Saturday, February 24, 2018

Volunteering is good for your health

Having worked in the nonprofit sector for well over 20 years, I’m familiar with the concept that volunteering is good for the soul, but I recently came across an article describing the effect of volunteer work on PTSD veterans that just blew me away.  I was researching for a presentation I did for the Women in Finance about how beneficial it can be to volunteer.  Everyone knows it usually feels good to give of your time, but do we really understand the depth of the benefit?

A national survey on volunteering found that an overwhelming majority of volunteers reported feeling mentally and physically healthier after a volunteer experience, and that volunteers have better personal scores than non-volunteers on measures of emotional well-being including personal independence, capacity for rich interpersonal relationships and overall satisfaction with life. This survey found that:
  • 76% of people said volunteering made them feel healthier
  • 94% said volunteering improved their mood
  • 96% reported volunteering enriched their sense of purpose in life
  • About a quarter reported that their volunteer work helped them manage a chronic illness by keeping them active and taking their minds off of their own problems
For those of us who have spent time giving back to the community or helping further a cause we believe in, those findings may not be surprising. It's not hard to believe that that helping others makes you feel good, but did you know that it can also help you live longer?

Researchers at the University of Exeter Medical School in the south of England analyzed data from 40 published studies and found evidence that volunteers had a 20% lower risk of death than their peers who do not volunteer. The study also found that volunteers had lower levels of loneliness and depression, increased life satisfaction and enhanced well-being.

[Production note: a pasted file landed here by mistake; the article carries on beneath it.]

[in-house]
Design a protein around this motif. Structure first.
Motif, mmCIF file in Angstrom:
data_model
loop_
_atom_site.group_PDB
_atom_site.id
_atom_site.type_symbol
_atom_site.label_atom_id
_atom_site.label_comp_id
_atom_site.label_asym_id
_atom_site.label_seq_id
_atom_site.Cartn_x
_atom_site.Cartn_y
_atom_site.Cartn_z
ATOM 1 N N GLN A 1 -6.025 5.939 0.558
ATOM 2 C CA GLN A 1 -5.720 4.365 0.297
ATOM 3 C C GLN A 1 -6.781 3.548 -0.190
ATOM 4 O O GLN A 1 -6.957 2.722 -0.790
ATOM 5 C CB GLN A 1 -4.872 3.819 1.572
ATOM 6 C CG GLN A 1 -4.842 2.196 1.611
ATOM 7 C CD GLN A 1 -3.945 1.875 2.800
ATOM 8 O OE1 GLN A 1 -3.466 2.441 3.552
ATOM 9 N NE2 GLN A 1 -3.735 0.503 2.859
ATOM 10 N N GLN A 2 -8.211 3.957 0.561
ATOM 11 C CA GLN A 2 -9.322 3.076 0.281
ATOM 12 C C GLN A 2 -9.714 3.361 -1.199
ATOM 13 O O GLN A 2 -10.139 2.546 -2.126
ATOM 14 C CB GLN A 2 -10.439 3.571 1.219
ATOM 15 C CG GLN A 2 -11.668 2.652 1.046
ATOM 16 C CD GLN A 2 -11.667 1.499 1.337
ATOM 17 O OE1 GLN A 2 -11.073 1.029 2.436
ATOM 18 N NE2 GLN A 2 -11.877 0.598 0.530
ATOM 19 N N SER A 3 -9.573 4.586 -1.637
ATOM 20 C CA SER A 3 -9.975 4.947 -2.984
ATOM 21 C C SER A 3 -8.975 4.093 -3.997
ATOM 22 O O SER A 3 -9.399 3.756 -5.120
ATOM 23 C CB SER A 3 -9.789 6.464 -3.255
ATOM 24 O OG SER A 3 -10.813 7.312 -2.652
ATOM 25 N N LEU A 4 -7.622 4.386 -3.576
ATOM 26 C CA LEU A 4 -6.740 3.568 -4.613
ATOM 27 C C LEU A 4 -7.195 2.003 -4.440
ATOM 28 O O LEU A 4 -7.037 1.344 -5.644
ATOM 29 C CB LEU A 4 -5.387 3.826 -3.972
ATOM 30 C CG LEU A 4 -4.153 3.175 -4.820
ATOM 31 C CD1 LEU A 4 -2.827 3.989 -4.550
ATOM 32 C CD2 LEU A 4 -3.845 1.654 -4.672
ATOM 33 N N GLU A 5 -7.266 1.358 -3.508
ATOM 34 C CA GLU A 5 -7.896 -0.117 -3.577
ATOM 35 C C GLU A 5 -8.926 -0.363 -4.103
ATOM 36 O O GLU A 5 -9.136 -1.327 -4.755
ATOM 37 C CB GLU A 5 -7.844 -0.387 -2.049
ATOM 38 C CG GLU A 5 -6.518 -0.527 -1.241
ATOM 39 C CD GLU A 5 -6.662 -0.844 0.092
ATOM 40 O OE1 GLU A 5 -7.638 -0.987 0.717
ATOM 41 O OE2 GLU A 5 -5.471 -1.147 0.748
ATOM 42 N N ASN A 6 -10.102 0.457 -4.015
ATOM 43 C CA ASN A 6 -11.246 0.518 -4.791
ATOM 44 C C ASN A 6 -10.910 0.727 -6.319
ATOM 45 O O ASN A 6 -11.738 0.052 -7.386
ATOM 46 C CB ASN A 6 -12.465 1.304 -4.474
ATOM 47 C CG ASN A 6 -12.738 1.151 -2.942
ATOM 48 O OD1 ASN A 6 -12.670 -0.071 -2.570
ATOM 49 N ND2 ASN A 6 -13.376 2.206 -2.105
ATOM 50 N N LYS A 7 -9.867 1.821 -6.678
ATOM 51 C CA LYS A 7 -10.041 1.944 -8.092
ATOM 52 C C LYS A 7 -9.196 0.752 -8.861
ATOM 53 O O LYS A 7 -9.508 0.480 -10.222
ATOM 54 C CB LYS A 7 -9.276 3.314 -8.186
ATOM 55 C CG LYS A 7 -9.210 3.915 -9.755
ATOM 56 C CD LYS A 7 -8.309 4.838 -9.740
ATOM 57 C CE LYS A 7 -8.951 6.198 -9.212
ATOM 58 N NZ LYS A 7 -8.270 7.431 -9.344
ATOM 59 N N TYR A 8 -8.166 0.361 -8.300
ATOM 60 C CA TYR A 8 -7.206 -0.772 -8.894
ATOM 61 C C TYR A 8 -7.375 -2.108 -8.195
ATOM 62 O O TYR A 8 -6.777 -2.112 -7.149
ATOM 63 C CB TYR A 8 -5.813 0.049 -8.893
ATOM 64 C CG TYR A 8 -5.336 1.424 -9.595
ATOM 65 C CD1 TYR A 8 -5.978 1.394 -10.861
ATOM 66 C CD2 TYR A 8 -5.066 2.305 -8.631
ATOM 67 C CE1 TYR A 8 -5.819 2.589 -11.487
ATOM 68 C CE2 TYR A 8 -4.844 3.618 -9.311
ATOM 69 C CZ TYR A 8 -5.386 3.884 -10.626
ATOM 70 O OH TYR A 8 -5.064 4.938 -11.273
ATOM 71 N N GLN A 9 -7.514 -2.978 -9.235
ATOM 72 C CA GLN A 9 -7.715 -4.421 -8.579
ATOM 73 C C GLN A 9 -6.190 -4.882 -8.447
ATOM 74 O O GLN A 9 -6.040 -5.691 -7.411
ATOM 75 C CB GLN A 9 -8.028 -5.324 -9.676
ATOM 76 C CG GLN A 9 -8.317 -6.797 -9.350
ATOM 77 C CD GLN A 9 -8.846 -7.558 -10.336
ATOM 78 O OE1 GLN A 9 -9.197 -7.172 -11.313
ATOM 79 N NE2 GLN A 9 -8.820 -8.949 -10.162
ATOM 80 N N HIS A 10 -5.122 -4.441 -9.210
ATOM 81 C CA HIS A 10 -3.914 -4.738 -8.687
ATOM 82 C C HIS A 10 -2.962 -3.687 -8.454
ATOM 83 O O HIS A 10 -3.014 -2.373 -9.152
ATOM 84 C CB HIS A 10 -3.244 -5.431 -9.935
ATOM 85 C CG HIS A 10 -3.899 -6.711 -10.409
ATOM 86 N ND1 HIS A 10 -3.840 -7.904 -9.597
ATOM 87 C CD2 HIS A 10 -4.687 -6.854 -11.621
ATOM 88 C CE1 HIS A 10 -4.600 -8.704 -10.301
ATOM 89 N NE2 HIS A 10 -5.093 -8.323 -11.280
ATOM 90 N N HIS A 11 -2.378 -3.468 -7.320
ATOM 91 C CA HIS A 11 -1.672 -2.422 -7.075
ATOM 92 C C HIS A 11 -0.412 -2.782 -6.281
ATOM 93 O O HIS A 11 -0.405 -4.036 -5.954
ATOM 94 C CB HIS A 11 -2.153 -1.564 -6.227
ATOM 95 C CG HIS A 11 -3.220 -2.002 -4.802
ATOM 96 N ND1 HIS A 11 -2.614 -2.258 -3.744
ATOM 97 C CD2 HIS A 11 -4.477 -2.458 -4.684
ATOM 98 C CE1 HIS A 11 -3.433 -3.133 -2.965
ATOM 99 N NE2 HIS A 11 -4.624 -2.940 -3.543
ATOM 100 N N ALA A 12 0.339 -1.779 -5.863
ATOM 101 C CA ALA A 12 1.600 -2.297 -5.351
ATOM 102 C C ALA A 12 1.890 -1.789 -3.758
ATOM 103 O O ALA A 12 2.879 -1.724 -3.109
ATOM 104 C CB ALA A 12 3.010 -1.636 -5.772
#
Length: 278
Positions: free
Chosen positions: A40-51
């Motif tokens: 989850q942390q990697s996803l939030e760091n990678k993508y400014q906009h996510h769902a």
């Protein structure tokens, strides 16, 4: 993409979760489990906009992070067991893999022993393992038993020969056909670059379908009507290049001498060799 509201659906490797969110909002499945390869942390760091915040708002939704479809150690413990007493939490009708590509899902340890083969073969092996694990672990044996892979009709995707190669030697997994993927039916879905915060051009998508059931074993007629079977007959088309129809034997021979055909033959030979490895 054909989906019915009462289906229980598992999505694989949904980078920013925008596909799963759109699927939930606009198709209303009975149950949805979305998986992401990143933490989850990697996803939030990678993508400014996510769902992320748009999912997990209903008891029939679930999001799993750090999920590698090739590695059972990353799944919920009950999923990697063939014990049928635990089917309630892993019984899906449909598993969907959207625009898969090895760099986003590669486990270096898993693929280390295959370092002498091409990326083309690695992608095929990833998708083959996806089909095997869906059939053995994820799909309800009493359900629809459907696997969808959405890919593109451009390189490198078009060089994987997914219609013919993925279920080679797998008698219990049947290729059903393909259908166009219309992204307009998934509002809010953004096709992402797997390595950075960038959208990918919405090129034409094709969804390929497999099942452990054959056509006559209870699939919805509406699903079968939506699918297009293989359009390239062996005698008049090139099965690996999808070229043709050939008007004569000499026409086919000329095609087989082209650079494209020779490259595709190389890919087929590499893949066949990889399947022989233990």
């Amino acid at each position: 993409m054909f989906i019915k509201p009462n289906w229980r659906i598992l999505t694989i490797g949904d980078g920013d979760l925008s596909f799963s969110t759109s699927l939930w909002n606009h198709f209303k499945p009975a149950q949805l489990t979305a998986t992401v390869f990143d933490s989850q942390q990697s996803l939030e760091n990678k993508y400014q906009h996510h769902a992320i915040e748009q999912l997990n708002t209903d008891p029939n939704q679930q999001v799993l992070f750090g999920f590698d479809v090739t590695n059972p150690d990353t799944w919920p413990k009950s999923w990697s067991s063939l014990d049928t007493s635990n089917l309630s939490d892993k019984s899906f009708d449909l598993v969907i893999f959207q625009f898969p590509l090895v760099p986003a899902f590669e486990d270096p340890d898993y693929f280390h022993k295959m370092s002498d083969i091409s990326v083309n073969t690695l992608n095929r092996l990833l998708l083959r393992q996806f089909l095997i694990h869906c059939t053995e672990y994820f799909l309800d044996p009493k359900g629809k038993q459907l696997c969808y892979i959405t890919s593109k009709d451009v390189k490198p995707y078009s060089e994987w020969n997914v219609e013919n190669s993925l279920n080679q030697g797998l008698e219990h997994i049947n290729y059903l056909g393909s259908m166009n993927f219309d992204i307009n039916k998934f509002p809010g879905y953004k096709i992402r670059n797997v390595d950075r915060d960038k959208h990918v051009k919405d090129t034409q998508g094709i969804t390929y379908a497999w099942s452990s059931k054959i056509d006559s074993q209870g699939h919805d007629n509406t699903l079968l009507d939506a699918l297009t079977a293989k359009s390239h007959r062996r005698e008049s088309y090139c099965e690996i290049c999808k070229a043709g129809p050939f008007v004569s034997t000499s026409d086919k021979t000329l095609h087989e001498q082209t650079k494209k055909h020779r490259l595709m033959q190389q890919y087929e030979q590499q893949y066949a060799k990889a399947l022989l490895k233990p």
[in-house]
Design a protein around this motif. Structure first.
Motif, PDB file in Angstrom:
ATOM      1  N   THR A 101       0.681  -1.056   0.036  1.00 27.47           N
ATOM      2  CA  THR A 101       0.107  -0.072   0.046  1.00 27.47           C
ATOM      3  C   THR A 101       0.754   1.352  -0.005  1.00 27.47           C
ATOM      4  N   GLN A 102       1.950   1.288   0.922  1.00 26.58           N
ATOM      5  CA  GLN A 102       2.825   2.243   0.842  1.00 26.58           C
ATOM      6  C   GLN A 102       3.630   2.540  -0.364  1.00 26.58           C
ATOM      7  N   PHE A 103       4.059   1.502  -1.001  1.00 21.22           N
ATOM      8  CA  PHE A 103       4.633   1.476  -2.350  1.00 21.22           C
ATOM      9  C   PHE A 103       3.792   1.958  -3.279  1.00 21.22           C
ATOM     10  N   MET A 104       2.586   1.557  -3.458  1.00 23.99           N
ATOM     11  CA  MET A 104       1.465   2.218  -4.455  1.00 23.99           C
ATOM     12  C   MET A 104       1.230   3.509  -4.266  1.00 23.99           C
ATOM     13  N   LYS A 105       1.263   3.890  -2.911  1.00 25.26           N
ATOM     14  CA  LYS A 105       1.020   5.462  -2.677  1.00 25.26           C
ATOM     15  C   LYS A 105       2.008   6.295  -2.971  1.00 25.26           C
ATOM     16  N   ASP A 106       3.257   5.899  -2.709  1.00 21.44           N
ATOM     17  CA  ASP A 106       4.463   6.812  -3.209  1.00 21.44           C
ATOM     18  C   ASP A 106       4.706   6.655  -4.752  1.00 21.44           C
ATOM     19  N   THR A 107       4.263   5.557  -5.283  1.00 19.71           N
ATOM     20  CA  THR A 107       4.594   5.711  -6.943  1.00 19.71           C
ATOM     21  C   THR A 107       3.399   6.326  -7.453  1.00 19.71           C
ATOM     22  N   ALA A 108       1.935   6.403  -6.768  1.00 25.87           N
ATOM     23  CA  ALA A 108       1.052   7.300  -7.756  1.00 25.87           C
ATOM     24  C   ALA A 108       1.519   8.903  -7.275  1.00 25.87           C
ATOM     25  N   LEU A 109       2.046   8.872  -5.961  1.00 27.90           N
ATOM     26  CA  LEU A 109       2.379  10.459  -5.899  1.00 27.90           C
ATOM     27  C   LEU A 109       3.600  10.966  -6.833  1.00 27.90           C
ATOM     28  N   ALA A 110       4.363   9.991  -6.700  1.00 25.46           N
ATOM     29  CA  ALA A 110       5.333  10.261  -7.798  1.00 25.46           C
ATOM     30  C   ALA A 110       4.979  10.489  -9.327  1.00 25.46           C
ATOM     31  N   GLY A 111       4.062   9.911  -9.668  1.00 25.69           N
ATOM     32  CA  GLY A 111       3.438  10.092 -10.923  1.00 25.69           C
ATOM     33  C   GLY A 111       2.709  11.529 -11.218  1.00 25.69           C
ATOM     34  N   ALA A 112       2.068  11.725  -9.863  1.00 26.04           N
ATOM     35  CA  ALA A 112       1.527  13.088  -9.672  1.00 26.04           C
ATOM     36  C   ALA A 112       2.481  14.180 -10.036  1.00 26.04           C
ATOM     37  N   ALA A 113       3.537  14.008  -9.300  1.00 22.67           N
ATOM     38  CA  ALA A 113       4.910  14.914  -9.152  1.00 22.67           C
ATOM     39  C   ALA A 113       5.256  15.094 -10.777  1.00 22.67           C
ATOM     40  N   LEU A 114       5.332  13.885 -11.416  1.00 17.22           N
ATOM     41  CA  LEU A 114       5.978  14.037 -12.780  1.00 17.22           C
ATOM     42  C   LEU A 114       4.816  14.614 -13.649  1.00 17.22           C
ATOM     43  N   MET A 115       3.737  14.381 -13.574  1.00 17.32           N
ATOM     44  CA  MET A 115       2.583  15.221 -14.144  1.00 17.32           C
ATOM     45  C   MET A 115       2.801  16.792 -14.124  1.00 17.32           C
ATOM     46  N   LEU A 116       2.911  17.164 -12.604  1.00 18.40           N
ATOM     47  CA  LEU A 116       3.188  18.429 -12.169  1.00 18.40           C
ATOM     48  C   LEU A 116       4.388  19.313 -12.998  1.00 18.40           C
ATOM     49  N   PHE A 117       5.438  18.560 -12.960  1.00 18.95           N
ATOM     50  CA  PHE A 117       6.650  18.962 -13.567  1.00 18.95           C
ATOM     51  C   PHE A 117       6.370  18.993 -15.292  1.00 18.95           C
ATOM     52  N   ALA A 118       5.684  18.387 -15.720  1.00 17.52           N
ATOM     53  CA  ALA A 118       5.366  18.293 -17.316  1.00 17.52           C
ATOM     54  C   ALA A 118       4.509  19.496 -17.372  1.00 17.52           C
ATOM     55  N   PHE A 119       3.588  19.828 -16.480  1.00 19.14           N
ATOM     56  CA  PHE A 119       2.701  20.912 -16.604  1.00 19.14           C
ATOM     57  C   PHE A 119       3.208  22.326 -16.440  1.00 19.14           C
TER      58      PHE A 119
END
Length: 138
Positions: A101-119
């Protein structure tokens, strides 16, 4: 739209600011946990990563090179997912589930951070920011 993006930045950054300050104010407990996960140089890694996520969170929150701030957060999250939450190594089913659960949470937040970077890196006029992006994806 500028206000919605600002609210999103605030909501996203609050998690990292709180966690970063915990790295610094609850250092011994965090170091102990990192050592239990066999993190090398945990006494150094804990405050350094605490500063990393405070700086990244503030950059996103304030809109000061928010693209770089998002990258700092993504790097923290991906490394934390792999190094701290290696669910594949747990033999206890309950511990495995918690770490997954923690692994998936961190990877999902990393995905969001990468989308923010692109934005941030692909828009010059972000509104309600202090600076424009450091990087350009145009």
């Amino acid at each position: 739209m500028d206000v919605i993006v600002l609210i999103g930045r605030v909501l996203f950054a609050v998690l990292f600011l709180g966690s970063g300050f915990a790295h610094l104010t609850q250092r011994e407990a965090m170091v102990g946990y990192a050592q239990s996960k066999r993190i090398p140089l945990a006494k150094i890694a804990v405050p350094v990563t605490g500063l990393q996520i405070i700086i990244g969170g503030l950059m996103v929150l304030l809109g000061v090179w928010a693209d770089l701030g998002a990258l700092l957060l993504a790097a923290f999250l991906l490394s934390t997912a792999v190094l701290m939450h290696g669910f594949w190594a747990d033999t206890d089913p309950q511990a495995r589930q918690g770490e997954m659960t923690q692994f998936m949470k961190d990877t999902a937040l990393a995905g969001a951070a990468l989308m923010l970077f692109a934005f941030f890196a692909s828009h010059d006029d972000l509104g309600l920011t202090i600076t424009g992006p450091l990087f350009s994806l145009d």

Have you ever heard someone say that they often get more out of a volunteer experience than they gave?  It's because volunteering is just plain good for your health.

Evidence of volunteerism’s physical effects can be found in a recent study from Carnegie Mellon University, published in Psychology and Aging. Adults over age 50 who volunteered on a regular basis were less likely to develop high blood pressure than non-volunteers. High blood pressure is an important indicator of health because it contributes to heart disease, stroke, and premature death. This study also found that:
  • 78 percent of volunteers said that volunteering lowered their stress levels.  
  • Mentally stimulating activities, like tutoring or reading, might be helpful for maintaining memory and thinking skills.
The study I came across involving veteran's mental health was very impressive:  Participants showed lower rates of PTSD and depression after taking part in a 6 month volunteer program. They volunteered 20 hours a week for The Mission Continues, a national nonprofit that deploys veteran volunteers on specific projects for up to six months. The results are amazing: 
  • Before volunteering, more than 50 percent of participants said they had symptoms of post-traumatic stress disorder, and 23.5 percent reported symptoms of depression. 
  • By the program’s completion, only 43 percent showed signs of PTSD and just 15 percent still had signs of depression.
“All veterans in the service program showed improvements in overall health, mental health and social functioning,” said Monica Matthieu, lead researcher and Ph.D., assistant professor of social work at Saint Louis University.  Matthieu said at first she was skeptical that volunteering could decrease symptoms of PTSD, but the data is beginning to sway her.

If anyone ever needed another good reason to go out and help others, all the research showing the  health benefits for volunteering should cause a rush on nonprofits everywhere.  Get out there!  You'll be happier and live longer.  Bonus!